Letters by Technical Analysis
Clifford Sherry's article on the Gambler's Paradox (better known as the Gambler's Fallacy) in the October
issue contains a serious error. In using Chi square to test the independence of price changes, Dr. Sherry
gives the probability of obtaining a sequence of '+,+' or one of '-,-'as 0.1666 and the probability of
obtaining a sequence of '+,-' or of a ',+' as 0.3333. In any random and independent sequence of events,
each of which has any probability of 0.5, the probability of obtaining any one of the four possible
sequences is simply 0.25.
In the sample of 270 days of soybean-meal prices, using the correct probabilities yields a total Chi square
value of 3.88 rather than 51.73, which changes the conclusion of the study completely. Since 3.88 is not a
"significant" Chi square, there is no reason to conclude that these price changes were non-random. The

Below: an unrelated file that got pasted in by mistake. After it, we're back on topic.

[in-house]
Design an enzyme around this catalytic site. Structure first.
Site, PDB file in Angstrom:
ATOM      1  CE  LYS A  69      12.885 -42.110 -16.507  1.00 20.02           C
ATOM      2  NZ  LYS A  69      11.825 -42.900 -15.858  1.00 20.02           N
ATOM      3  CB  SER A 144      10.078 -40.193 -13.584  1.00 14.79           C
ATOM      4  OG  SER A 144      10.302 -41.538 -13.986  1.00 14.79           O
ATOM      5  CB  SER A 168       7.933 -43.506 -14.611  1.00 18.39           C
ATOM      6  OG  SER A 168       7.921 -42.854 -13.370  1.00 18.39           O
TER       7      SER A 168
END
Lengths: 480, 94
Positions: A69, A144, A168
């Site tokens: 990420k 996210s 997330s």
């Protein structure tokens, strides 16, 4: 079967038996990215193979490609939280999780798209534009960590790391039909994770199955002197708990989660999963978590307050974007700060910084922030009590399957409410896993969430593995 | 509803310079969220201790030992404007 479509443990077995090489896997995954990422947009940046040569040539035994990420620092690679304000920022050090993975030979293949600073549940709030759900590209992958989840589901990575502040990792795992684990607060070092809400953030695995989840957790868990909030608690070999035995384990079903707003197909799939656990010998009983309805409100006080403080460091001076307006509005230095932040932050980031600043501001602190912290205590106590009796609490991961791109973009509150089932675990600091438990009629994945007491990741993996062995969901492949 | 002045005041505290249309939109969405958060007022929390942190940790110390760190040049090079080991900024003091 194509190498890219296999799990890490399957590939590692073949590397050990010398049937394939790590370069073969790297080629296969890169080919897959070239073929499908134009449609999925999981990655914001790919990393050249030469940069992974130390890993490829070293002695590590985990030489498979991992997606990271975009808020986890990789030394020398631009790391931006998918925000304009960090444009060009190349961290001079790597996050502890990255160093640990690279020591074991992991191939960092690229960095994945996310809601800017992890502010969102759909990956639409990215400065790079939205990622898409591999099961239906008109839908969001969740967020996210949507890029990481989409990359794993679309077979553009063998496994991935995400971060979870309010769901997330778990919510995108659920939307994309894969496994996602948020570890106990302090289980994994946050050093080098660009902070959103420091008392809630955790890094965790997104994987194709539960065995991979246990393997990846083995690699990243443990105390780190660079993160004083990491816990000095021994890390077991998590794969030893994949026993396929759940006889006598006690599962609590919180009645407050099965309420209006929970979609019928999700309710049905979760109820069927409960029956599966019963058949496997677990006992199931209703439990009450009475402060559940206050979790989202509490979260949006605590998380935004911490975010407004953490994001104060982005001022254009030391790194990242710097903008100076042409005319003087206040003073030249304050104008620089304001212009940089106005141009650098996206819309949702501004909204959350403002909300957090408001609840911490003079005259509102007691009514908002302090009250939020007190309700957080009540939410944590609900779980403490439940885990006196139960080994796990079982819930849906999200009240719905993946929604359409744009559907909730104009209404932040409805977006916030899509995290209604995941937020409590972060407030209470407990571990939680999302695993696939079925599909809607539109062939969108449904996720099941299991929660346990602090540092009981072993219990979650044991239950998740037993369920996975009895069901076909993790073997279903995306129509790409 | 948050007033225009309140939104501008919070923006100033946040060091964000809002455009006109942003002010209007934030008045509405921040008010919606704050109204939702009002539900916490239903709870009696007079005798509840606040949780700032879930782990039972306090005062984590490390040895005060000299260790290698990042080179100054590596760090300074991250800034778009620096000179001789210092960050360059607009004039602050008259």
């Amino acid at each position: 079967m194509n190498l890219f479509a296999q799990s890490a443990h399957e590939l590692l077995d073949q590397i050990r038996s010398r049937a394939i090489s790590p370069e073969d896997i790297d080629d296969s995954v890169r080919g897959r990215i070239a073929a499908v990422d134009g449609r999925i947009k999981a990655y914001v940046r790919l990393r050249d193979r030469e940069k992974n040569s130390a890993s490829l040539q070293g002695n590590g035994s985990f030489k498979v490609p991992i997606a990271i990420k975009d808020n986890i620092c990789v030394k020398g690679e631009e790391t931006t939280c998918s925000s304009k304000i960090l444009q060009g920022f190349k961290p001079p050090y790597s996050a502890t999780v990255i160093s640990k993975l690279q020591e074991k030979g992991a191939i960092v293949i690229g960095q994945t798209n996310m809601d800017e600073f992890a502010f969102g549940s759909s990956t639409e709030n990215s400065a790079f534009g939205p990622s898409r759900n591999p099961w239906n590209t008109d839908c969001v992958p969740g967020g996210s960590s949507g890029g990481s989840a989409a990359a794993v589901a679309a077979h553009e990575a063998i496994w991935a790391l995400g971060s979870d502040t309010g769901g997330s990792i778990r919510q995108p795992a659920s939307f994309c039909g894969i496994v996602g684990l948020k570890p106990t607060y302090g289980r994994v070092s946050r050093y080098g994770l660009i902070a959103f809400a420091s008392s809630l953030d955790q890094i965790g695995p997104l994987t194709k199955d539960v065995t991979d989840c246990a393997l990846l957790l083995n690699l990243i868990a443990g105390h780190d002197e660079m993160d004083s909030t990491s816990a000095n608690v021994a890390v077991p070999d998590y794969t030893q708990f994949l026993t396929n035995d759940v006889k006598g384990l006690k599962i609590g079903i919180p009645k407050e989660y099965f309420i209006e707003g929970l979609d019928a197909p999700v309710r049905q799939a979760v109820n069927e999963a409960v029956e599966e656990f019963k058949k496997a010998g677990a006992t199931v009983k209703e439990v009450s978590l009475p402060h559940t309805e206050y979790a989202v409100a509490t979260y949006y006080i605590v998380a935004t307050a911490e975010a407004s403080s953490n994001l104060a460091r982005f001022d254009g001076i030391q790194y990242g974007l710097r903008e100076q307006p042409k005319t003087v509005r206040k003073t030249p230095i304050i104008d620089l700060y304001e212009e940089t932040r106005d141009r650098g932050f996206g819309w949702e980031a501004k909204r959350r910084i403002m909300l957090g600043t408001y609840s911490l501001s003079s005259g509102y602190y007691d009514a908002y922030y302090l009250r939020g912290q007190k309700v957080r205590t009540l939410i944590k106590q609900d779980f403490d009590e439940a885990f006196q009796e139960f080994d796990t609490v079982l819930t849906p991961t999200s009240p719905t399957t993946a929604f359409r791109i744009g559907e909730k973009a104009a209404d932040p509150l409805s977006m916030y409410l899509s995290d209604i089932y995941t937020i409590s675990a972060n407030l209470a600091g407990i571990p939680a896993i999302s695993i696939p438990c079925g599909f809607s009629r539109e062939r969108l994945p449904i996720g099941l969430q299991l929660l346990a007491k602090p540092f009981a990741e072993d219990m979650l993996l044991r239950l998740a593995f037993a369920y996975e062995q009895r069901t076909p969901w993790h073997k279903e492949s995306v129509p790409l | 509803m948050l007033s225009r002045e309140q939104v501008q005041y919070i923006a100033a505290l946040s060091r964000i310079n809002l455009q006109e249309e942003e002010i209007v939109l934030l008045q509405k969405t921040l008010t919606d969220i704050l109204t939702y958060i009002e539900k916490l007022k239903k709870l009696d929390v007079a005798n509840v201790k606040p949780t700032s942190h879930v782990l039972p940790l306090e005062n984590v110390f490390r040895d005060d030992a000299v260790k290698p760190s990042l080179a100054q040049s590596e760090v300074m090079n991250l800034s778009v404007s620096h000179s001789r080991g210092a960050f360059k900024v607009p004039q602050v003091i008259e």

same correction also applies to the lagged-time Chi square value.
A finer point should also be made. In using Chi square to test for dependencies within sequences, the
overall trend of the date should be adjusted for. Using 0.5 as the probability of a price increase in the
soybean-meal data ignores the fact that there are more price increase days than price-decrease days in the
data and confounds the test for dependencies with a test for overall trend. In the soybean-meal data, the
total Chi square is only 0.61 when adjusted for trend.
Finally, traders should note that since Chi square only considers nominal changes in price and ignores the
magnitude of those changes, a sequential dependency uncovered by a Chi square analysis may or may not
be exploited as a profitable trade.
Gaylon L. Oswalt, Ph.D.